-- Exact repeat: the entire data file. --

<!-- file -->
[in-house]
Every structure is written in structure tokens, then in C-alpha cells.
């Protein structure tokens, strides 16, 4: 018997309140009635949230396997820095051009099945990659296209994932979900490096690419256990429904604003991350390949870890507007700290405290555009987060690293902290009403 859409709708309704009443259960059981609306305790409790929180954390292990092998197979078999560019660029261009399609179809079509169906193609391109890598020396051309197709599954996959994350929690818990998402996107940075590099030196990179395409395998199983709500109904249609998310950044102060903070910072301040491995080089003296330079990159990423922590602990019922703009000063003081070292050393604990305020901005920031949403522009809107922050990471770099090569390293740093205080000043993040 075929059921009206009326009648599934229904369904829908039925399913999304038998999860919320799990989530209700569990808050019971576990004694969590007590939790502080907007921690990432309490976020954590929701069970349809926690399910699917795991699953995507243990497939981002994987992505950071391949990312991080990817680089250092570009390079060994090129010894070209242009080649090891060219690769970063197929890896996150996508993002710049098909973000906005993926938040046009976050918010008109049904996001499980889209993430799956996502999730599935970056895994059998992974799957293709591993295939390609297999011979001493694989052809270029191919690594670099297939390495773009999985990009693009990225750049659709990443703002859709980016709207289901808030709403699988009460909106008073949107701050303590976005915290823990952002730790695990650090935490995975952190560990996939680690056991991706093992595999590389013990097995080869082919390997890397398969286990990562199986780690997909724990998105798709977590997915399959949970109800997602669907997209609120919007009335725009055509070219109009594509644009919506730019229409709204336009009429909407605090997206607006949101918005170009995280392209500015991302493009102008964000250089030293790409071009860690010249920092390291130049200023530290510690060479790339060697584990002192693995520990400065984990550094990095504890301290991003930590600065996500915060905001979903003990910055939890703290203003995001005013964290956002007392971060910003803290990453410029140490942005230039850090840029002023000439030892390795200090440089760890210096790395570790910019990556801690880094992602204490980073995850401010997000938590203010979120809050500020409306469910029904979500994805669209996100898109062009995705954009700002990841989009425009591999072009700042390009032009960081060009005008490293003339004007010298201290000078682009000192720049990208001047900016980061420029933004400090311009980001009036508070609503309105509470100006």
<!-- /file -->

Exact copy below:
[in-house]
Every structure is written in structure tokens, then in C-alpha cells.
């Protein structure tokens, strides 16, 4: 018997309140009635949230396997820095051009099945990659296209994932979900490096690419256990429904604003991350390949870890507007700290405290555009987060690293902290009403 859409709708309704009443259960059981609306305790409790929180954390292990092998197979078999560019660029261009399609179809079509169906193609391109890598020396051309197709599954996959994350929690818990998402996107940075590099030196990179395409395998199983709500109904249609998310950044102060903070910072301040491995080089003296330079990159990423922590602990019922703009000063003081070292050393604990305020901005920031949403522009809107922050990471770099090569390293740093205080000043993040 075929059921009206009326009648599934229904369904829908039925399913999304038998999860919320799990989530209700569990808050019971576990004694969590007590939790502080907007921690990432309490976020954590929701069970349809926690399910699917795991699953995507243990497939981002994987992505950071391949990312991080990817680089250092570009390079060994090129010894070209242009080649090891060219690769970063197929890896996150996508993002710049098909973000906005993926938040046009976050918010008109049904996001499980889209993430799956996502999730599935970056895994059998992974799957293709591993295939390609297999011979001493694989052809270029191919690594670099297939390495773009999985990009693009990225750049659709990443703002859709980016709207289901808030709403699988009460909106008073949107701050303590976005915290823990952002730790695990650090935490995975952190560990996939680690056991991706093992595999590389013990097995080869082919390997890397398969286990990562199986780690997909724990998105798709977590997915399959949970109800997602669907997209609120919007009335725009055509070219109009594509644009919506730019229409709204336009009429909407605090997206607006949101918005170009995280392209500015991302493009102008964000250089030293790409071009860690010249920092390291130049200023530290510690060479790339060697584990002192693995520990400065984990550094990095504890301290991003930590600065996500915060905001979903003990910055939890703290203003995001005013964290956002007392971060910003803290990453410029140490942005230039850090840029002023000439030892390795200090440089760890210096790395570790910019990556801690880094992602204490980073995850401010997000938590203010979120809050500020409306469910029904979500994805669209996100898109062009995705954009700002990841989009425009591999072009700042390009032009960081060009005008490293003339004007010298201290000078682009000192720049990208001047900016980061420029933004400090311009980001009036508070609503309105509470100006």